Google Docs Update Debuts Offline Access To Android Phones, Tablets

February 6, 2012 0

Mountain View, California — Android users can now reap the benefits of offline access to files saved in Google Docs as the search engine giant Google over the weekend unfurled offline capabilities on Android devices, which also now features enhanced functionality for tablets running the open-source operating system.

So far, customers using smartphones or tablets based on Google’s Android mobile operating system (OS) could only access the documents in the cloud via a Wi-Fi or 3G connection. Luckily, search engine titan Google’s recently released update to the Google Docs for Android app, enables individual items to be viewed offline on a smartphone or tablet, so regardless of whether you have internet connectivity or not, but you are always connected to those files.

The moves were explained in a Google blog post last week, in which software engineer Freeman Liu mentioned that they would boost productivity. Now, users can select the documents they want to be able to view offline and access them, regardless of connectivity, via the Google Docs application. However, offline editing is not currently supported, Google said.

In fact, the company described the scenario as: “There may be times when you do not have an Internet connection on your Android device, but you still want access to a file you have saved in Google Docs,” wrote Liu in a blog post.

But at last, “Now you can select any file in Google Docs to ‘make it readily available offline’. Thus, regardless of whether you are connected to the internet, you are always connected to those files.”

However, prior to this update, Google Docs only operated on Android mobile devices when the Android device comes across a Wi-Fi connection, it then automatically updates the offline files, Liu said.

“In fact, with the new functionality activated, Google Docs automatically updates your offline files when your device regains Internet connectivity,” adds Liu. You can also manually update files anytime you have a data connection by opening the file or tapping ‘Update’ from the Offline section of the app.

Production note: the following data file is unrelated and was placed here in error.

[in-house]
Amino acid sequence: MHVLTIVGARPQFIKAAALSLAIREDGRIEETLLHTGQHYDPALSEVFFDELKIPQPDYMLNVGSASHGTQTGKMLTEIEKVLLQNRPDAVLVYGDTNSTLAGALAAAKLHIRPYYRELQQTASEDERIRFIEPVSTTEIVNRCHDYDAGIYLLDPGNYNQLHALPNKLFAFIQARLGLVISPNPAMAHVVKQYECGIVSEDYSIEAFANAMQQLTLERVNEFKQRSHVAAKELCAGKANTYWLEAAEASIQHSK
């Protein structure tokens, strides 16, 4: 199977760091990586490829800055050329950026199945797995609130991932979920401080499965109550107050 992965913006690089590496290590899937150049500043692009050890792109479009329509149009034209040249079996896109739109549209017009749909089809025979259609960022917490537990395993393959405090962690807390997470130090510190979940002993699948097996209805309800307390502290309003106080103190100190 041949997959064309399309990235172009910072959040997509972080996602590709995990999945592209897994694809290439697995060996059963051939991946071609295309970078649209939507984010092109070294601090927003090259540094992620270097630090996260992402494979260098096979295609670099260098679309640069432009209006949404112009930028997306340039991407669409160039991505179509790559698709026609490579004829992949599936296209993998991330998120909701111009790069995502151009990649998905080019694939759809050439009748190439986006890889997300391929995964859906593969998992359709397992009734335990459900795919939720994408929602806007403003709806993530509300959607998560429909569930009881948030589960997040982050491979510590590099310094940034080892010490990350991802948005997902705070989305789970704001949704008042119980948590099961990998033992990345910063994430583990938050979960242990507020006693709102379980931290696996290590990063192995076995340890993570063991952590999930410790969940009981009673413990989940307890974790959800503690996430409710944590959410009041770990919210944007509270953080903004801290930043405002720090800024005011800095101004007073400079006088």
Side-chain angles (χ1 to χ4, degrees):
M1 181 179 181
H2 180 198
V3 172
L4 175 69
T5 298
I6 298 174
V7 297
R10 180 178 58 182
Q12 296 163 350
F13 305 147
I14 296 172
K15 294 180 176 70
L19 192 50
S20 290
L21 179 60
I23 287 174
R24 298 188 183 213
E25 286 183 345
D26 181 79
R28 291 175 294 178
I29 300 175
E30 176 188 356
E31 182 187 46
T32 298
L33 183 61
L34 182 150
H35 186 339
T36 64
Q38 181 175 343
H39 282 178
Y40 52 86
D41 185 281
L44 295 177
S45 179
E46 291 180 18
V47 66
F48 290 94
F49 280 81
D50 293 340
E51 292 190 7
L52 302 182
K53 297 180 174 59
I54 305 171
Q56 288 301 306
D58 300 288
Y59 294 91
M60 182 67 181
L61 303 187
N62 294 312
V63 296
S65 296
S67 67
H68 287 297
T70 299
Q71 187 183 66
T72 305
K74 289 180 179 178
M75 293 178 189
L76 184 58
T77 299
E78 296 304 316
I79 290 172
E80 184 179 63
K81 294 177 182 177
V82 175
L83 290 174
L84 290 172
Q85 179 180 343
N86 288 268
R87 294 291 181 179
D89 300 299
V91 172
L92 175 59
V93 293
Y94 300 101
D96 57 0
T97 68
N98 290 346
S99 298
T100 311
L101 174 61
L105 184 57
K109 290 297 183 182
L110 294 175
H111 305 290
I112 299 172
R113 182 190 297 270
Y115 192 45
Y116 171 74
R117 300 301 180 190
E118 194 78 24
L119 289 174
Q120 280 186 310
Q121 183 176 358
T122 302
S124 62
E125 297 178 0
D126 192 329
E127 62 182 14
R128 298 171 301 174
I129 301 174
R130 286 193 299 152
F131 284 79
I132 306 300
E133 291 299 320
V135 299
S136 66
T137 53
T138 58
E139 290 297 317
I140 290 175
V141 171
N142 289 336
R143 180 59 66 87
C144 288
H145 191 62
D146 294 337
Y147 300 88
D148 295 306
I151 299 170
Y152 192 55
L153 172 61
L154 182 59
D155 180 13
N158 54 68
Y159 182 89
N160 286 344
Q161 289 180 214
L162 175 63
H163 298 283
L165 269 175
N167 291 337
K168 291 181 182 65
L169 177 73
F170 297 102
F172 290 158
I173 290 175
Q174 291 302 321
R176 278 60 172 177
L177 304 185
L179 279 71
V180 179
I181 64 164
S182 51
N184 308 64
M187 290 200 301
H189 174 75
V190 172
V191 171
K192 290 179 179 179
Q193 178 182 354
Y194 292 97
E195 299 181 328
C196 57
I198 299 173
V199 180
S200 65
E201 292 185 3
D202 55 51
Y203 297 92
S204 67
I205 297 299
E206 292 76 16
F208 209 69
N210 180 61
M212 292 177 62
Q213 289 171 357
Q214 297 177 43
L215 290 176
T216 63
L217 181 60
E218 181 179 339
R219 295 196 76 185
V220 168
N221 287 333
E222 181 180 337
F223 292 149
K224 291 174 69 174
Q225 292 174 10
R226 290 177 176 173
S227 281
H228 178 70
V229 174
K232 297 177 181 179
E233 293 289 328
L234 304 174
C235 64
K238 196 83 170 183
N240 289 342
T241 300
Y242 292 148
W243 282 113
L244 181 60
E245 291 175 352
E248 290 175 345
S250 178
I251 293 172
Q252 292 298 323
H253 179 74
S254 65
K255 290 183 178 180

Additionally, the types of files that can be made available offline includes: Google documents, presentations and spreadsheets, images and files in formats such as .pdf, .doc, .xls and .ppt. But, Google Sites, drawings, forms, Fusion Tables and collections cannot be made available offline.

While in offline mode, files will be classified as “up to date,” “out of date,” or “not yet available”. Also, they will be listed as not yet available if your device has not downloaded the item yet.

“Whether you are offline or online, these improvements will make it easier to be productive from anywhere,” added Liu.

Furthermore, the update also unfurls additional improvements to Google Docs for those with an Android tablet. Google Docs will now be displayed on Android tablets in high resolution while the device is online. Additionally, users will be able to swipe left and right to flip between pages or use the slider at the bottom to page ahead quickly.

Nevertheless, these improvements will benefit mobile and tablet users, the prospect of this functionality will be of great importance to users of the ChromeOS.

Finally, it remains to be seen how well Chromebooks are doing, although there is little indication that they are captivating much consumer interest. Android, meanwhile, is a raging success on smartphones and a moderate achiever on tablets, so it makes sense for Google to be paying increased attention to that version of Google Docs.